It's always been my understanding that buying (stock) options contracts to open is a risk-free proposition outside the (substiantial) risk of losing the cost of the contract itself. However, recently someone on this board mentioned in another post that there is a risk of assignment. I also noticed when filling out a new options agreement that there's mention that they "allocate assignments randomly."
From what I'm reading, assignment appears to be synonymous with exercising. And from my understanding, the only person who can be forced to exercise is the seller of the contract. I also assume you wouldn't actually need the funds in your account to make the purchase and sale if a contract expires in the money--that you would just receive the net proceeds of the profitable exercise.
Is there something I'm missing or misunderstanding?
Info on futures options would be useful as well. I wonder if brokerage firms will let you force an immediate sale of the option before expiration or alternately an immediate buy/sell of the underlying future in order to avoid the requirement of holding a performance bond.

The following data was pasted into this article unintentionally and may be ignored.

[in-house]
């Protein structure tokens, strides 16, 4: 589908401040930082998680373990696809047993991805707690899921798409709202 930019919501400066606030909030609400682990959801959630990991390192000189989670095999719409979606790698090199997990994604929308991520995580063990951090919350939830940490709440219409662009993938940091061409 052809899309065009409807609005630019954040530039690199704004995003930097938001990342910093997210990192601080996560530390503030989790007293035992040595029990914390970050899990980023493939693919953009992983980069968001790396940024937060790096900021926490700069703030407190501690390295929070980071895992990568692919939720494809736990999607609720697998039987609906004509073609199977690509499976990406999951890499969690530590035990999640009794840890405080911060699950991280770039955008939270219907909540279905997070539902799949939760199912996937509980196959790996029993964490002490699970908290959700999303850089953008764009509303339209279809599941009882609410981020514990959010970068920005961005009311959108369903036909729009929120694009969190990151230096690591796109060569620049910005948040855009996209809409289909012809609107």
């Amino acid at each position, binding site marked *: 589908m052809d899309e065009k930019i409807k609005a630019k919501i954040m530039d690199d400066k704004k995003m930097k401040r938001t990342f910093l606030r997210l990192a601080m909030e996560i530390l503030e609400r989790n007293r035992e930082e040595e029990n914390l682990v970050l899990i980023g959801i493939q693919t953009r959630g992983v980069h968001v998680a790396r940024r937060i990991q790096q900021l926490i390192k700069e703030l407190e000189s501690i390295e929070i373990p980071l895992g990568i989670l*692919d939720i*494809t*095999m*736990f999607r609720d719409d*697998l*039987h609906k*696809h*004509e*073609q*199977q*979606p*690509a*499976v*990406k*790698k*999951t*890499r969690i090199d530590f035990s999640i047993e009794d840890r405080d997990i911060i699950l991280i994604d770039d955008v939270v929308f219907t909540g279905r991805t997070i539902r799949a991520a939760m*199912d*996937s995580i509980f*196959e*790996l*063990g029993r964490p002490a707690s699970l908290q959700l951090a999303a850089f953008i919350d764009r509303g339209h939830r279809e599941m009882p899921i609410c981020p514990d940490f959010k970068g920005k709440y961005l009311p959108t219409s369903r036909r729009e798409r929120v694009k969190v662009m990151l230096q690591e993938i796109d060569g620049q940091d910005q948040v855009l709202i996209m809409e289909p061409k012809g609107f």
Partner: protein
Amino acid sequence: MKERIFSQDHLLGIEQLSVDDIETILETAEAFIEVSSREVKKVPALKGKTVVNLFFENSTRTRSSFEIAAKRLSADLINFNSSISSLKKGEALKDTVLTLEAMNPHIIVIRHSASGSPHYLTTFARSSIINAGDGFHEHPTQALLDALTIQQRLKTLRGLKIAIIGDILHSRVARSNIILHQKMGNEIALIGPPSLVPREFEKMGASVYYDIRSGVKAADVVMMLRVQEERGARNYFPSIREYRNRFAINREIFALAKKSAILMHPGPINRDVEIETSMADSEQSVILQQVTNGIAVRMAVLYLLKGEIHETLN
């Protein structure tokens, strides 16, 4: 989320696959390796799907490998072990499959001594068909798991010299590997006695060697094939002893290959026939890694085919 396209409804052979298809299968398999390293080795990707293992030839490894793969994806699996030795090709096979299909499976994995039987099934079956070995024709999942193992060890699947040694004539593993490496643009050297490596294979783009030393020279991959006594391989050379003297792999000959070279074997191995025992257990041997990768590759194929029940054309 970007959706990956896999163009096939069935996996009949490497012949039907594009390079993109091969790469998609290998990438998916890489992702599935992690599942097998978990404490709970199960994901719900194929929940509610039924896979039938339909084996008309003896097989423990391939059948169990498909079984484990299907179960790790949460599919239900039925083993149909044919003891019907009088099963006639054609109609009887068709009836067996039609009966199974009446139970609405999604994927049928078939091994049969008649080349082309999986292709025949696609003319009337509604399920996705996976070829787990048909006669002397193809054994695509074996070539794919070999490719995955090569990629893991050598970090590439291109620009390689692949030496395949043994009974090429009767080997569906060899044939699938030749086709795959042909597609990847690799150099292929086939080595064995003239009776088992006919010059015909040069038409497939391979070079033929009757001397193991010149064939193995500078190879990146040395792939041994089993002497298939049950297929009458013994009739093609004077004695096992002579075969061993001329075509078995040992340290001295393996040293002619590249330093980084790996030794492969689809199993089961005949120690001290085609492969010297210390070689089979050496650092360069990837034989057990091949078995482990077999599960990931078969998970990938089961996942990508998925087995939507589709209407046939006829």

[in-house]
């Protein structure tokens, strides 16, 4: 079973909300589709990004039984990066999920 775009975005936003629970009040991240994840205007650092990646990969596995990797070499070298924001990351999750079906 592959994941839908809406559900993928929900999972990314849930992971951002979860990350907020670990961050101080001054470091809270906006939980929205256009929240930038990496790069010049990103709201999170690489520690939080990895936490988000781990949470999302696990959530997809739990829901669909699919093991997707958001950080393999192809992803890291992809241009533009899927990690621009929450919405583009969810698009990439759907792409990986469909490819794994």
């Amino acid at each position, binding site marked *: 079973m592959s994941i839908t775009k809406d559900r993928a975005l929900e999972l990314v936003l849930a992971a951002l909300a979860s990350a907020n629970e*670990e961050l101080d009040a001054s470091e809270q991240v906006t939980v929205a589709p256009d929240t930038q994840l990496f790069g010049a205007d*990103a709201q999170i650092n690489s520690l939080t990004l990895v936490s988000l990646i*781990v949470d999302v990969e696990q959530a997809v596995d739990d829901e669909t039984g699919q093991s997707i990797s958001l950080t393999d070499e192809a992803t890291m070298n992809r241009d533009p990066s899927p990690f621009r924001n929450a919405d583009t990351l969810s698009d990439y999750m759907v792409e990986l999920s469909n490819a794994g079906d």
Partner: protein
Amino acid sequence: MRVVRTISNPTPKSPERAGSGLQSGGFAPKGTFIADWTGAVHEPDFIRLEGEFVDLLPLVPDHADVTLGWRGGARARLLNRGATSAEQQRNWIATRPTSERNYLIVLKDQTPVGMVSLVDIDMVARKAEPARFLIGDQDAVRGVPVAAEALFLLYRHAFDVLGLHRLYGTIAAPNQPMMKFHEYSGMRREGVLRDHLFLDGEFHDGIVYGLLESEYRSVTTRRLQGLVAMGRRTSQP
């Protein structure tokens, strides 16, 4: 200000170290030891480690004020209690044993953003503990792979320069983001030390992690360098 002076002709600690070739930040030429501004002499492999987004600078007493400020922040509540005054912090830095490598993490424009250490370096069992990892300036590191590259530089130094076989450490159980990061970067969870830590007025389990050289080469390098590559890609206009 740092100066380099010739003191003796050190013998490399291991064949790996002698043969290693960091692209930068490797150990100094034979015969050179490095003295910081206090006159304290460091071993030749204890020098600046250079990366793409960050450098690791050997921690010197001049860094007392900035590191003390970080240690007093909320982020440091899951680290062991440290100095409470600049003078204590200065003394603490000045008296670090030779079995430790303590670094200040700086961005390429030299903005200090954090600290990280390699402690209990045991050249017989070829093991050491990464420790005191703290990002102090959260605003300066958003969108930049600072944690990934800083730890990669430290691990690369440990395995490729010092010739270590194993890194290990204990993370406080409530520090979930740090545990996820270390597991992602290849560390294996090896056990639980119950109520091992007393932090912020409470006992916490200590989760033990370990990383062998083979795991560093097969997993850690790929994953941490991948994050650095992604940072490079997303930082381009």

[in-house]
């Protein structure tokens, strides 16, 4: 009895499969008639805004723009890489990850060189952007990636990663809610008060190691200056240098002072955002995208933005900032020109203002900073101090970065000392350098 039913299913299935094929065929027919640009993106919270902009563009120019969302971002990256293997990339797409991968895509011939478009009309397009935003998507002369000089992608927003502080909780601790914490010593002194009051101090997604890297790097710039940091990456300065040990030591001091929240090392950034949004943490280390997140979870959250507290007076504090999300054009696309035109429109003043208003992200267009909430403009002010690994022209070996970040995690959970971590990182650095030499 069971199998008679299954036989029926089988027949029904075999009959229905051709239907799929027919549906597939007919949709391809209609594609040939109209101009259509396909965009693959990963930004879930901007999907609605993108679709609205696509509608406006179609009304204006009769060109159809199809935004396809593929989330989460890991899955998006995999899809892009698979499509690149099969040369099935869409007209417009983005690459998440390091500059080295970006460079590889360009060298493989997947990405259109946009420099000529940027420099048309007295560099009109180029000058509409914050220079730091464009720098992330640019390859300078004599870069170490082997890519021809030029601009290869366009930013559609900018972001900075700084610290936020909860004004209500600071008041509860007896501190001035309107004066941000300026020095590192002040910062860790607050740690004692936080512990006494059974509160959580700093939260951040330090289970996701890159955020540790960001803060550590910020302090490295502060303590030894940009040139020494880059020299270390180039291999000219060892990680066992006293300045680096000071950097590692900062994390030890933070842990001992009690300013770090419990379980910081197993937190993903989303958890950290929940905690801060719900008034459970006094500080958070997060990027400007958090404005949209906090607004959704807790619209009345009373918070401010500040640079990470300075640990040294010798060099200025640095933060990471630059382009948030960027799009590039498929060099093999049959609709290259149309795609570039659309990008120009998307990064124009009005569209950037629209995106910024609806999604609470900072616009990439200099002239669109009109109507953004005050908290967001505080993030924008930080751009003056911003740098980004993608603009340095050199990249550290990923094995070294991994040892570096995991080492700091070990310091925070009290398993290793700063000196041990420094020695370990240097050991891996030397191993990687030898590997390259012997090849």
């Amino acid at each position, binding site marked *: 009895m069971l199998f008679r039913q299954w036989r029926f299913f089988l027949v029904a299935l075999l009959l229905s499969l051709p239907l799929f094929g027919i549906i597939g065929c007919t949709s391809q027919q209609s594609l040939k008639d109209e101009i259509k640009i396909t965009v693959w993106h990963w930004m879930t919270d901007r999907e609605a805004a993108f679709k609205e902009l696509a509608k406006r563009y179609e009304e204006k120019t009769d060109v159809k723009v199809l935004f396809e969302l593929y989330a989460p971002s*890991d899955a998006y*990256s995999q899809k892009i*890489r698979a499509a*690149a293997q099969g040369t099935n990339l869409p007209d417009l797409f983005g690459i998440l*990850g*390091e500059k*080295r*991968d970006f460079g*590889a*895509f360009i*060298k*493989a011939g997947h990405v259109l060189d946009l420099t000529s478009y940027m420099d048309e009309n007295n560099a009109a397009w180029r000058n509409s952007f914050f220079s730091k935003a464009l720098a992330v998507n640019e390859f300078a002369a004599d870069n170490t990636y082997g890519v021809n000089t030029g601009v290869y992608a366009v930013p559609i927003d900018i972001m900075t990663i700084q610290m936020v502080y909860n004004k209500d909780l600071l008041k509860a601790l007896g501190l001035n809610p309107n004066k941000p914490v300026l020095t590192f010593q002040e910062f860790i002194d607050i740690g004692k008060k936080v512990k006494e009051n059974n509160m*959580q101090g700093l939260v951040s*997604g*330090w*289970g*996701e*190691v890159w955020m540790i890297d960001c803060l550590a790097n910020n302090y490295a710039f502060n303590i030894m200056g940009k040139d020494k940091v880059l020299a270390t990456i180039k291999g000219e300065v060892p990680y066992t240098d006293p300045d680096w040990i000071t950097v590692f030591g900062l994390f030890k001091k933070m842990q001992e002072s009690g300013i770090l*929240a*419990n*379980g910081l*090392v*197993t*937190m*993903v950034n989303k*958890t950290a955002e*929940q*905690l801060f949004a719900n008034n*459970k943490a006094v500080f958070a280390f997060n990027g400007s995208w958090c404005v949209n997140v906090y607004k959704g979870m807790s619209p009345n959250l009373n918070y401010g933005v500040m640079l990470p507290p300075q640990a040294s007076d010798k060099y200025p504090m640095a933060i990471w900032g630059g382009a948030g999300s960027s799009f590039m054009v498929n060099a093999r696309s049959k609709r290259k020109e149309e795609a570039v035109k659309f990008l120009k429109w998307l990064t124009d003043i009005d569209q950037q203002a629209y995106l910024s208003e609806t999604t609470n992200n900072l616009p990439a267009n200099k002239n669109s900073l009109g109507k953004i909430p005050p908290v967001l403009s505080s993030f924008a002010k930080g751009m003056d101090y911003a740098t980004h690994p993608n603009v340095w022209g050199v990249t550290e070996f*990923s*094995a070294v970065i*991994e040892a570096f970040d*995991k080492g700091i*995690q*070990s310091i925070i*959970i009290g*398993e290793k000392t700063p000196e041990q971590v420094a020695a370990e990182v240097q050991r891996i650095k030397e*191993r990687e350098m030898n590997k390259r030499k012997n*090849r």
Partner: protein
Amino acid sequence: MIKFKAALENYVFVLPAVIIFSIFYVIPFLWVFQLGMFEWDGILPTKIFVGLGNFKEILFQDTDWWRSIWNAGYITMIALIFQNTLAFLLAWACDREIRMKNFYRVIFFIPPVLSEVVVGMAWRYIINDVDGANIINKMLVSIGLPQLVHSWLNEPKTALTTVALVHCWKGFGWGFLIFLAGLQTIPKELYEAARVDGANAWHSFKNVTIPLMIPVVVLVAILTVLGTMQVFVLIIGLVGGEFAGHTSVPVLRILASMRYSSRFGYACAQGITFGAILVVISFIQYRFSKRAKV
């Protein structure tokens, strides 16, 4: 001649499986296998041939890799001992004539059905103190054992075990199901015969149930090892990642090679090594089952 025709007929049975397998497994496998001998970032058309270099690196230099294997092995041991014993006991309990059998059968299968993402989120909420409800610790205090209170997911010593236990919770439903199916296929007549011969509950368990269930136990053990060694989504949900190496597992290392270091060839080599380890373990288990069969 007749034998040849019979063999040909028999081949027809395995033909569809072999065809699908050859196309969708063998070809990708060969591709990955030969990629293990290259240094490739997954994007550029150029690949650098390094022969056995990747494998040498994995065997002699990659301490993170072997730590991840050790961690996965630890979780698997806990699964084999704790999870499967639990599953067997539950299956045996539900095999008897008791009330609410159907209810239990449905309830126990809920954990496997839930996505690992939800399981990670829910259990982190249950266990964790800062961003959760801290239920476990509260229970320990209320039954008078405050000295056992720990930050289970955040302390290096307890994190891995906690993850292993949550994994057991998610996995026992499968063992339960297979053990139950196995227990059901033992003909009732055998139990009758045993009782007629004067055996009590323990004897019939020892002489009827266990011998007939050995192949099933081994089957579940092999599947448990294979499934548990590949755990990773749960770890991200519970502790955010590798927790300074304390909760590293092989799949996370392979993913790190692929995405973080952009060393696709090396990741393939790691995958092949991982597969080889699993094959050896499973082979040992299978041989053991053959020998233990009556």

Last edited by randomengineer; April 10th, 2015 at 09:59 AM.
I am not sure if you are talking about options on stocks or options on futures. I can only comment on options on futures.
After expiry, the monetary value of an option is zero. Thus, to take profit on an option, that you had bought, you have either to sell the option before expiry. Or - in your own interest - the correcponding future will be placed in your account. It definitely will be profitable at that time, but this can change quickly. You can liquidate the future immediately, or you can ask your broker to do so.
Best regards, Myrrdin
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